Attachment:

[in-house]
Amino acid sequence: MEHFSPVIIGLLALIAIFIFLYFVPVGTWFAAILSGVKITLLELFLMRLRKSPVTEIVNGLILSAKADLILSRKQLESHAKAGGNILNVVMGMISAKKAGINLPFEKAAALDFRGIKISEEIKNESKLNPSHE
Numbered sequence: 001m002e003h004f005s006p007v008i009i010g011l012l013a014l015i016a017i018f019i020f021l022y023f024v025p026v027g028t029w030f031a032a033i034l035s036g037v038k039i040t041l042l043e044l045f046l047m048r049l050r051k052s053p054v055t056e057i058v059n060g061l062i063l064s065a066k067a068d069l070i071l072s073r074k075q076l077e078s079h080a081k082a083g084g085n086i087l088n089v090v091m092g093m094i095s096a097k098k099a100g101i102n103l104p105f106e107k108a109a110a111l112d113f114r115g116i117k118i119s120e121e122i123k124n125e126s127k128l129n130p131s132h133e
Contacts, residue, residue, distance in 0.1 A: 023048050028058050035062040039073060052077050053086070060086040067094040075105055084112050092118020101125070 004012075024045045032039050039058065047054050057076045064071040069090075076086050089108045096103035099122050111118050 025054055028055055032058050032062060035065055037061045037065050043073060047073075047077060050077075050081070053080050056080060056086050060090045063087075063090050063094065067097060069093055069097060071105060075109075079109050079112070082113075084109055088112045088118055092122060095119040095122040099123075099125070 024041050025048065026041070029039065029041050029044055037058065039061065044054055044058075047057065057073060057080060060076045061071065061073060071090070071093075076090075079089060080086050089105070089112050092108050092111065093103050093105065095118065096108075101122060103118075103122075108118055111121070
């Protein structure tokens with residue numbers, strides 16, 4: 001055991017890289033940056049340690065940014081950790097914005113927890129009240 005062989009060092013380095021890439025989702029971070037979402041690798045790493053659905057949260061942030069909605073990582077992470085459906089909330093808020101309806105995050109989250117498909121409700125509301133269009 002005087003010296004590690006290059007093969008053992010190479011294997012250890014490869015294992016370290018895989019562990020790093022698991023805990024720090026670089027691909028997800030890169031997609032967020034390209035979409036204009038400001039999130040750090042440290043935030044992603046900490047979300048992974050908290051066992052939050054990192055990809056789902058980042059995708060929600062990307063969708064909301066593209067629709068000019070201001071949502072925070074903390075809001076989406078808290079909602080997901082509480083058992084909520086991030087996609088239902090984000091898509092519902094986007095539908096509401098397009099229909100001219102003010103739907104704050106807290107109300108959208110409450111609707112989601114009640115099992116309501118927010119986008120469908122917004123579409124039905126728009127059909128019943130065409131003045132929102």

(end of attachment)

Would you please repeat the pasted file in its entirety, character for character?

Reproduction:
[in-house]
Amino acid sequence: MEHFSPVIIGLLALIAIFIFLYFVPVGTWFAAILSGVKITLLELFLMRLRKSPVTEIVNGLILSAKADLILSRKQLESHAKAGGNILNVVMGMISAKKAGINLPFEKAAALDFRGIKISEEIKNESKLNPSHE
Numbered sequence: 001m002e003h004f005s006p007v008i009i010g011l012l013a014l015i016a017i018f019i020f021l022y023f024v025p026v027g028t029w030f031a032a033i034l035s036g037v038k039i040t041l042l043e044l045f046l047m048r049l050r051k052s053p054v055t056e057i058v059n060g061l062i063l064s065a066k067a068d069l070i071l072s073r074k075q076l077e078s079h080a081k082a083g084g085n086i087l088n089v090v091m092g093m094i095s096a097k098k099a100g101i102n103l104p105f106e107k108a109a110a111l112d113f114r115g116i117k118i119s120e121e122i123k124n125e126s127k128l129n130p131s132h133e
Contacts, residue, residue, distance in 0.1 A: 023048050028058050035062040039073060052077050053086070060086040067094040075105055084112050092118020101125070 004012075024045045032039050039058065047054050057076045064071040069090075076086050089108045096103035099122050111118050 025054055028055055032058050032062060035065055037061045037065050043073060047073075047077060050077075050081070053080050056080060056086050060090045063087075063090050063094065067097060069093055069097060071105060075109075079109050079112070082113075084109055088112045088118055092122060095119040095122040099123075099125070 024041050025048065026041070029039065029041050029044055037058065039061065044054055044058075047057065057073060057080060060076045061071065061073060071090070071093075076090075079089060080086050089105070089112050092108050092111065093103050093105065095118065096108075101122060103118075103122075108118055111121070
């Protein structure tokens with residue numbers, strides 16, 4: 001055991017890289033940056049340690065940014081950790097914005113927890129009240 005062989009060092013380095021890439025989702029971070037979402041690798045790493053659905057949260061942030069909605073990582077992470085459906089909330093808020101309806105995050109989250117498909121409700125509301133269009 002005087003010296004590690006290059007093969008053992010190479011294997012250890014490869015294992016370290018895989019562990020790093022698991023805990024720090026670089027691909028997800030890169031997609032967020034390209035979409036204009038400001039999130040750090042440290043935030044992603046900490047979300048992974050908290051066992052939050054990192055990809056789902058980042059995708060929600062990307063969708064909301066593209067629709068000019070201001071949502072925070074903390075809001076989406078808290079909602080997901082509480083058992084909520086991030087996609088239902090984000091898509092519902094986007095539908096509401098397009099229909100001219102003010103739907104704050106807290107109300108959208110409450111609707112989601114009640115099992116309501118927010119986008120469908122917004123579409124039905126728009127059909128019943130065409131003045132929102």